Άσκηση 1: κάνουν (β)

Άσκηση 2: έχεις (γ)

Άσκηση 3: γράφουμε (γ)

Άσκηση 4: είναι

Άσκηση 5: ντύνεστε

Άσκηση 6: τρώνε

This Is Your Sign for Learning Greek

You have been debating whether you should start learning modern Greek and you constantly postpone it for the next week, the next month, the next year. Maybe you are contemplating how difficult it would be to learn a new language or you might not know where to start. Or you may not be sure why you even want to learn Greek in the first place. Whatever the reason might be, here is the sign you were looking for. Start learning Greek today.

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What Do Greeks Celebrate on October 28?

On the 28th of October Greeks and philhellenes around the world celebrate the “Anniversary of the No” (Επέτειος του Όχι), also known as “Ohi Day” (Ημέρα του Όχι). It marks Greece’s rejection of Benito Mussolini’s ultimatum to allow Axis forces to enter Greek territory during World War II.

The 28th of October is an annual national holiday in the Hellenic Republic, and it is celebrated with military and student parades. The student parades are a controversial topic in Greece, with some people stating that children should not be parading as soldiers and others adding that the parades are symbolic, showing the young generation’s respect for their ancestors’ sacrifices.

The Greek Anniversary of the No (Ohi Day). Metaxa’s Reply

According to the official report of events, the Prime Minister of Greece, General Ioannis Metaxas, received an ultimatum from the Italian embassy to Greece in the early hours of the 28th October 1940. They demanded to allow Axis forces to enter Greek territory; otherwise, war would ensue.

Metaxas replied with the phrase “Alors, c’est la guerre!” (Then it is war!). However, there is an unverified common belief that his reply was a laconic «Όχι!» (No!). This day does not only mark the start of the Greco-Italian war, but also Greece’s general stance against Italian Fascism and German Nazism.

It is important to note that General Metaxas was the totalitarian leader of the 4th of August Regime that was inspired by the rhetoric of Musolini but kept closed relations with Britain and the French Third Republic.

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Four Things to Avoid in Greece | Greece Travel Advice

Some time ago I posted a video with do’s and dont’s in Athens, Greece. But I realized that there are other things that I did not mention and that do not apply only in Athens. So today I will discuss some things to avoid when traveling or moving to Greece. Before we get started, make sure to subscribe and stay till the end because the last two things I will mention are literally lifesaving.

Things to Avoid in Greece:

  1. Splitting the Bill
  2. Not Tipping
  3. Dress Appropriately When Sightseeing
  4. Showering When the Water Heater is On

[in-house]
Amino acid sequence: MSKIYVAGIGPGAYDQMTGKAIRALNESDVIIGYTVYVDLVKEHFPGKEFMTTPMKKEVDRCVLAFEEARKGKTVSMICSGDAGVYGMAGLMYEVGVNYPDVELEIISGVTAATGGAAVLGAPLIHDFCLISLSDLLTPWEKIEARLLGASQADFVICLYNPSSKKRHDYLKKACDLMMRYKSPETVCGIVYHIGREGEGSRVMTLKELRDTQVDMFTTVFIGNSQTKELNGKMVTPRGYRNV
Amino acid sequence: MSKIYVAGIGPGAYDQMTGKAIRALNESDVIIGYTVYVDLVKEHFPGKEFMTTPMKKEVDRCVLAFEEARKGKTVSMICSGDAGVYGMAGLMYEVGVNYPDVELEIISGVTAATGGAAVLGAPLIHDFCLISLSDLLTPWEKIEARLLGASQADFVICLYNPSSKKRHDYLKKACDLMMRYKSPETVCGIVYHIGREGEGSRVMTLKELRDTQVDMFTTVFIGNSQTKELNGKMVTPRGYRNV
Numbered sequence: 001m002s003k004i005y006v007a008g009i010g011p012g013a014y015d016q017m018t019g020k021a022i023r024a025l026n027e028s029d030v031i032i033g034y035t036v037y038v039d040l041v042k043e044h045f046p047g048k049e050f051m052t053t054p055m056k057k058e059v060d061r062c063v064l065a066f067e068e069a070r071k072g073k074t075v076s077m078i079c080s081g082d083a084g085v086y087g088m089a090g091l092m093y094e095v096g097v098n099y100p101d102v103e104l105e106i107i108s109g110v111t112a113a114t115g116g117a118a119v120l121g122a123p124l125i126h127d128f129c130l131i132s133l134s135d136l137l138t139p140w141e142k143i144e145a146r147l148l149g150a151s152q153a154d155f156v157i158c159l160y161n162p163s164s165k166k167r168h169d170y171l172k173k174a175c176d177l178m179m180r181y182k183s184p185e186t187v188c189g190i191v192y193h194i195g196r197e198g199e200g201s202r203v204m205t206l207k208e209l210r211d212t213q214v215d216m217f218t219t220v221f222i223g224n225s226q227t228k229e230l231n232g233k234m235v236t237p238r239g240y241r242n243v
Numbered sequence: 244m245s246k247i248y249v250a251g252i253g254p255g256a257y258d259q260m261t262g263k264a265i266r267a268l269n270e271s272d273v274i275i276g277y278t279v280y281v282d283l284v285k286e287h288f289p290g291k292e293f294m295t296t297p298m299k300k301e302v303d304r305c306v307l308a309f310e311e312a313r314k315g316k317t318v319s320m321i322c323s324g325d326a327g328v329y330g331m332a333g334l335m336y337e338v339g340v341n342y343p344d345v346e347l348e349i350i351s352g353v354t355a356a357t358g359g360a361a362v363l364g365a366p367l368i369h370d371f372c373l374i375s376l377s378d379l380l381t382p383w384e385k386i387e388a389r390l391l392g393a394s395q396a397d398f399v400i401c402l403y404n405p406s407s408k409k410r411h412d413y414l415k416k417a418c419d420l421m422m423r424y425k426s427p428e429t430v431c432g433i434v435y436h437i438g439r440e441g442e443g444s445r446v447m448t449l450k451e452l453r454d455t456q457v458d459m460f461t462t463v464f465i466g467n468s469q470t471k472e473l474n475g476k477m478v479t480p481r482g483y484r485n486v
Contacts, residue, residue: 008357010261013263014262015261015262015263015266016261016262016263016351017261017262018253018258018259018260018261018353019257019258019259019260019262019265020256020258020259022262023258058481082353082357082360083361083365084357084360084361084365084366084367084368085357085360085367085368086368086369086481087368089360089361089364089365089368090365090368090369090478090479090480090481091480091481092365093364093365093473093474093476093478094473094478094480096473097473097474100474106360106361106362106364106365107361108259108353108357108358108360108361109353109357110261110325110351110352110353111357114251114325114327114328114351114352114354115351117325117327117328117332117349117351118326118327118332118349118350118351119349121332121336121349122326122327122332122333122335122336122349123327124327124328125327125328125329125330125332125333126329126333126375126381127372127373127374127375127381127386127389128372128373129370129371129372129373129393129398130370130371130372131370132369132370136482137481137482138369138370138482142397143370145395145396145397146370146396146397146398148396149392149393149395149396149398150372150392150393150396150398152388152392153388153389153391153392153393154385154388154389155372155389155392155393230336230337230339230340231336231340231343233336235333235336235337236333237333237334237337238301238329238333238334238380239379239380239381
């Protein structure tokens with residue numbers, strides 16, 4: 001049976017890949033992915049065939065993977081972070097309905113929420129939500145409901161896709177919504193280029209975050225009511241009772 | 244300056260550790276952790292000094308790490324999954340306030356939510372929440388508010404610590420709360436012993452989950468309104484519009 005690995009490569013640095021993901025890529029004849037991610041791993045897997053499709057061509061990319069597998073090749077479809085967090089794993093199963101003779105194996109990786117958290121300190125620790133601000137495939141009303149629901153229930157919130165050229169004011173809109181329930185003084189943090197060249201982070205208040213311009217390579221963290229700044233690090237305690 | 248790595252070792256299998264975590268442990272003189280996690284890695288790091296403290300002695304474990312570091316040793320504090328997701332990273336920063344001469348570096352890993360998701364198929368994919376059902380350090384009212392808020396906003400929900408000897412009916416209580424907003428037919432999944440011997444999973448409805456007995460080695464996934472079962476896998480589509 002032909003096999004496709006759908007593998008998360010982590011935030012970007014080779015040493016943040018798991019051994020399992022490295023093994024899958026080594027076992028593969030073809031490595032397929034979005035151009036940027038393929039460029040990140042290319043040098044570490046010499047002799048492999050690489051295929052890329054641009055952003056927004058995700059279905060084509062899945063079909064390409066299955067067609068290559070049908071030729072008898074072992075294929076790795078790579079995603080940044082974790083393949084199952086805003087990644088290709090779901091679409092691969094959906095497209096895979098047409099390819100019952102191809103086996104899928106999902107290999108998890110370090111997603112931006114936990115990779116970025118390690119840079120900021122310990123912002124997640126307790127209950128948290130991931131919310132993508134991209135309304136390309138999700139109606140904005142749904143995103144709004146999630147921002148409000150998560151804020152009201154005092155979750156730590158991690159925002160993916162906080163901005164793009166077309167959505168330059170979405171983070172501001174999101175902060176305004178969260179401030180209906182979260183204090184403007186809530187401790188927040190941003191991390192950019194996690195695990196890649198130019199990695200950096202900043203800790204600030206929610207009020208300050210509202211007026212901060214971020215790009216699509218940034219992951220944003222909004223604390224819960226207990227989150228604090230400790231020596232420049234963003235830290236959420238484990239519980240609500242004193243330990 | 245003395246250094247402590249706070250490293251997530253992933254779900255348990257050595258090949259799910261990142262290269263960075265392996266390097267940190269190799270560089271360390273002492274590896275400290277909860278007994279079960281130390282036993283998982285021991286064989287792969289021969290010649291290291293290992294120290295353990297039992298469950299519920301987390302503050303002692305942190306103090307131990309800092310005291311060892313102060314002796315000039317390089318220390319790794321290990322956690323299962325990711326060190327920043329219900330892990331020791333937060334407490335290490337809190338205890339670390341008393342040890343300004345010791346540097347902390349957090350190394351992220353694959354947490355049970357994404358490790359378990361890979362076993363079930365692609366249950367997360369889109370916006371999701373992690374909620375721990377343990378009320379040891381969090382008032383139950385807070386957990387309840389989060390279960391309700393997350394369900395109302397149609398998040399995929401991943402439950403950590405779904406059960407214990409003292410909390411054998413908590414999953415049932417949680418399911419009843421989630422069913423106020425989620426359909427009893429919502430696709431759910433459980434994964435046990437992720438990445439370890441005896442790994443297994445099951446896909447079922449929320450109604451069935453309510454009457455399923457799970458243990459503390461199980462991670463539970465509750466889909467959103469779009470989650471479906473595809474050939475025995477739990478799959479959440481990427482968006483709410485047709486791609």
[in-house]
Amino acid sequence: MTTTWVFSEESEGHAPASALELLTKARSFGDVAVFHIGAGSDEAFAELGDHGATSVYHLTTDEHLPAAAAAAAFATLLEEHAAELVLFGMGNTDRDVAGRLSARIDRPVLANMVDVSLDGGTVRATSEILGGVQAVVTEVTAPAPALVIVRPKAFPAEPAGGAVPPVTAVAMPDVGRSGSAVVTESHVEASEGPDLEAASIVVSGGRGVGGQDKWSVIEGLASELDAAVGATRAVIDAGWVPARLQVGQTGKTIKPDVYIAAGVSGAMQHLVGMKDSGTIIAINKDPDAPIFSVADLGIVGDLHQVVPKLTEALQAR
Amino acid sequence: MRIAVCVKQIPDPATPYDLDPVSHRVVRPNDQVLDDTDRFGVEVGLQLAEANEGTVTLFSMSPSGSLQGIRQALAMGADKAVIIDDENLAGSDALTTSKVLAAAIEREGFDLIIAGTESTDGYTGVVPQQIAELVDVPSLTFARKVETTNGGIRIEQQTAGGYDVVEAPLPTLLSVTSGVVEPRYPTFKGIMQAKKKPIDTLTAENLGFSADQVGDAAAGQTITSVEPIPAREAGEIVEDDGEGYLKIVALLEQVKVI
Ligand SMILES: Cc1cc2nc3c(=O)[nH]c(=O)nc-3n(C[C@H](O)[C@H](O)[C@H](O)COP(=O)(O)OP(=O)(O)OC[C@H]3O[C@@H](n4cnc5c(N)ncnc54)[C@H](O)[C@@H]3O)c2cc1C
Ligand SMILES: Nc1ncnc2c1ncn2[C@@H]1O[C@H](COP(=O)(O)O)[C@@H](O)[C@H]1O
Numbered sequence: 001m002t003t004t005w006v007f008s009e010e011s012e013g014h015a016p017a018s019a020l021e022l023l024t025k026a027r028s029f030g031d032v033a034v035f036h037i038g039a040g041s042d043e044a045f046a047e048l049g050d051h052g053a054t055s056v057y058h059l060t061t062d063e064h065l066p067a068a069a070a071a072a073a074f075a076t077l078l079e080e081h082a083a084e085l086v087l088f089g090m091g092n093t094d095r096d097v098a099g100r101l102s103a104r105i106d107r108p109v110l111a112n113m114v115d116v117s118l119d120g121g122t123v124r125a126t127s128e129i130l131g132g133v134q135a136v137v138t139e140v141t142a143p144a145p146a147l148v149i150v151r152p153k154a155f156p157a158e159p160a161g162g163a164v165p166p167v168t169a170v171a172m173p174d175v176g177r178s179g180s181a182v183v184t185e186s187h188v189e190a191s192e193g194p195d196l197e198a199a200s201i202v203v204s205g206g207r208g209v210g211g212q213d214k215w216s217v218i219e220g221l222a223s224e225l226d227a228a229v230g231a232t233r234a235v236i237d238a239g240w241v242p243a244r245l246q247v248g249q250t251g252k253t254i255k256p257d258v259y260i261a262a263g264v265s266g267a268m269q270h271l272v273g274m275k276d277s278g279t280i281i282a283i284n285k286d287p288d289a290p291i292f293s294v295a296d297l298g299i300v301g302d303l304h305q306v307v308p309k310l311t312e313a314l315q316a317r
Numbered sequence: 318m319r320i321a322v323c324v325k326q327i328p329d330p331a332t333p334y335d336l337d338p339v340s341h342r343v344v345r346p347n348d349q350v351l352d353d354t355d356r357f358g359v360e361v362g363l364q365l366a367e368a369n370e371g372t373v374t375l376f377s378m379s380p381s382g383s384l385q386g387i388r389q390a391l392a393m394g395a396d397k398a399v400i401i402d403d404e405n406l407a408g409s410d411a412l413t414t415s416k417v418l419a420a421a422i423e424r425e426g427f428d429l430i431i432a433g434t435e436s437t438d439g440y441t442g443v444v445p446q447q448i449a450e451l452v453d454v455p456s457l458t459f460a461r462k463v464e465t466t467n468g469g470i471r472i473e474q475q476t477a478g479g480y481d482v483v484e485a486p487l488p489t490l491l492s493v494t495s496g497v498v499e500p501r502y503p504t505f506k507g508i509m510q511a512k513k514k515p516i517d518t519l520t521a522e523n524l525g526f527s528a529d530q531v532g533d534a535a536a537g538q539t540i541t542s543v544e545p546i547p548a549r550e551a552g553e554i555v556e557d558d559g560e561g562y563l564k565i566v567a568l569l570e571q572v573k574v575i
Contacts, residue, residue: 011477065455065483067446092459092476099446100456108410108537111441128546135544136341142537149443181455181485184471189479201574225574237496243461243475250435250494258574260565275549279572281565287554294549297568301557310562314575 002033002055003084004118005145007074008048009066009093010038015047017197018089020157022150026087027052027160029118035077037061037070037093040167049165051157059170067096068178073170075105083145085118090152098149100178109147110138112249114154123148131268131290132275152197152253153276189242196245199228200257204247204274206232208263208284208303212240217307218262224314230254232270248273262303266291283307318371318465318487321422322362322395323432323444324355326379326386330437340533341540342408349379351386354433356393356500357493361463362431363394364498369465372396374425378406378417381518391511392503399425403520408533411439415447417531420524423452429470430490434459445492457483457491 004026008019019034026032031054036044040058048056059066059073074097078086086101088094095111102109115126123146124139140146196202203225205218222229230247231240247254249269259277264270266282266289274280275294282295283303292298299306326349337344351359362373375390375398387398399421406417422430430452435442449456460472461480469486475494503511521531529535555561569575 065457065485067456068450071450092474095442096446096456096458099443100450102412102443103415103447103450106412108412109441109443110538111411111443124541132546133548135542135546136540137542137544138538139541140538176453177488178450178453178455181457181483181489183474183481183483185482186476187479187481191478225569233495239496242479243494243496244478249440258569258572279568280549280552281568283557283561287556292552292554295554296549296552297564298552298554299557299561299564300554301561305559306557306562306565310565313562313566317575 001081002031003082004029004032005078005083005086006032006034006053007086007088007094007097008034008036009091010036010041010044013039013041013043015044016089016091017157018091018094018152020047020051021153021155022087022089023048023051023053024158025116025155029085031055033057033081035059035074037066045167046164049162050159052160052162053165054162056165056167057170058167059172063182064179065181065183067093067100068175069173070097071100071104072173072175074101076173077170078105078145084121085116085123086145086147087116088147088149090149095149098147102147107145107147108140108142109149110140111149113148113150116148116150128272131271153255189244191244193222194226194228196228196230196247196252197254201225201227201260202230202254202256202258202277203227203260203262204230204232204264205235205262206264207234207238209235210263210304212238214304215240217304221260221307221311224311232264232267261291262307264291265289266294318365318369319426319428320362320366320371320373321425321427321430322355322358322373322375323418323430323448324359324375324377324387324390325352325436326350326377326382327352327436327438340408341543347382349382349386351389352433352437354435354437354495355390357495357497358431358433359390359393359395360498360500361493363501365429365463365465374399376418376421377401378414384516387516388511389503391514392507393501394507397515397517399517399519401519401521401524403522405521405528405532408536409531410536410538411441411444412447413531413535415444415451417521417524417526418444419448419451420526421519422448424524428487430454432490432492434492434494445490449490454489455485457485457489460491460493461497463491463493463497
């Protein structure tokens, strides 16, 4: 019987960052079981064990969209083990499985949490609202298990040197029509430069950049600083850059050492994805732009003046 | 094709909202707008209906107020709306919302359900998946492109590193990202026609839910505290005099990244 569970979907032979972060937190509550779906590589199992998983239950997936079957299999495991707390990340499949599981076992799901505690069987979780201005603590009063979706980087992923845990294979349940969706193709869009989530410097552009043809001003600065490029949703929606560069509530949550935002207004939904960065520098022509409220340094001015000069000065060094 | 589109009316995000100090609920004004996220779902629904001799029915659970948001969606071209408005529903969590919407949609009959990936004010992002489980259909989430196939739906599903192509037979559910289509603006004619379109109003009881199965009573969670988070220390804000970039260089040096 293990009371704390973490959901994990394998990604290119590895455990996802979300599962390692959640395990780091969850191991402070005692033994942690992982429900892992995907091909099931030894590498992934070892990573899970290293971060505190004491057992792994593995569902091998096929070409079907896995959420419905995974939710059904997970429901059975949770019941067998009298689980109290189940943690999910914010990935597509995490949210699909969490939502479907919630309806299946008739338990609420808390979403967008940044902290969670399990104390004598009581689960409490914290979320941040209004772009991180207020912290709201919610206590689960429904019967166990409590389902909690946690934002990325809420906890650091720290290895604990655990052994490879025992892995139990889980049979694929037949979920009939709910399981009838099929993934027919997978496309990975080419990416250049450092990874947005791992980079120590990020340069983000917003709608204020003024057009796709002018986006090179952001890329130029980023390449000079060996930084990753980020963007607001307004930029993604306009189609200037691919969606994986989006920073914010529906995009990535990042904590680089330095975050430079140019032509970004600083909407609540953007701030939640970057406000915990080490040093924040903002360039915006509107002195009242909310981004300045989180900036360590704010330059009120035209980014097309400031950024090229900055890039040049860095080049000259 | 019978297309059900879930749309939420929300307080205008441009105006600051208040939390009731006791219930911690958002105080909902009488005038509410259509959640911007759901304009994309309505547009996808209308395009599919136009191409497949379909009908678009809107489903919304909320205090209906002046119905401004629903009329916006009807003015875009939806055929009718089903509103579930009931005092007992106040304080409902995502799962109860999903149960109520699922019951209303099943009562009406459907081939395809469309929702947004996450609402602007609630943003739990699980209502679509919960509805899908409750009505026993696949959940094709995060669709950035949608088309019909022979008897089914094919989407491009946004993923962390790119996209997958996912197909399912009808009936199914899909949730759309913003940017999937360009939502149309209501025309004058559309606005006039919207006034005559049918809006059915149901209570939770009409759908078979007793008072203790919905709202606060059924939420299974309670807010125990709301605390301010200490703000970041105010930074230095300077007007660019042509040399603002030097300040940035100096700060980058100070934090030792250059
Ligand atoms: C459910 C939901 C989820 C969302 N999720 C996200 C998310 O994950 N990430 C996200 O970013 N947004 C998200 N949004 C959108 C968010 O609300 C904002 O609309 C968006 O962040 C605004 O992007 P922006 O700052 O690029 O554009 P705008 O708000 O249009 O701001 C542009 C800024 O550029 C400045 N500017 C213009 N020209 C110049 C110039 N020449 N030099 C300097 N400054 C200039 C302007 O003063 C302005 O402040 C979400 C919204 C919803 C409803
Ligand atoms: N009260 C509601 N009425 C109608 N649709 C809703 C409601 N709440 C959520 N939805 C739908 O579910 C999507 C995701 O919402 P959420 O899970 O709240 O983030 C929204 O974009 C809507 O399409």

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When Eating and Drinking in Greece, Avoid Splitting the Bill

You are eating out with friends in a restaurant in Greece and it is time to pay the bill. Although a lot of bars and restaurants nowadays offer the option of having each person pay individually, splitting the bill is considered bad etiquette and it is generally frowned upon. In Greece, restaurants are responsible for creating a bill for every single table and not for every single person who is eating there. Then, it is the responsibility of the people who sit on the table to find a way to pay for everything.

That is not only because it is way faster for the waiters and waitresses who need to attend other tables, but also because, in Greece, it is common to order food as a group and not as an individual. For example, Greeks usually order a bunch of different dishes that they agree upon and each person gets an empty plate to fill it up with anything they like. Just like a family would do at home.

It is important to remember that Greece is considered much less individualistic and much more collectivistic than countries such the United States, Australia, and the United Kingdom, without that meaning that people have less individual rights or anything like this. It is more about how well people integrate into groups and how easy it is to take decisions as a collective.

Tipping Might Be Optional in Greece But It Is Also Expected

Tipping in Greece is not mandatory, as it is in the US, and you definitely don’t have to do any calculations to make sure that you tipped an acceptable amount. However, unless the service was terrible, you are expected to leave a tip on the table that you deem appropriate for the service. That applies mostly in cafes, bars, and restaurants, rather than hair salons or other businesses that offer some type of service. Tipping taxi drivers or employees in self-service restaurants is less common. However, when ordering food, tipping the delivery man or woman is recommended.

There is no specified percentage of the bill that should be offered as a tip. Most people would agree that one euro for two cups of coffee and five euros for a 25-euro bill at a restaurant are acceptable. When the amount you have to pay is too small, it is preferred to round things down: giving 2 euros when the bill says 1,65. However, leaving 1-2  cents as a tip is worse than not leaving a tip at all.

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Dress Appropriately When Sightseeing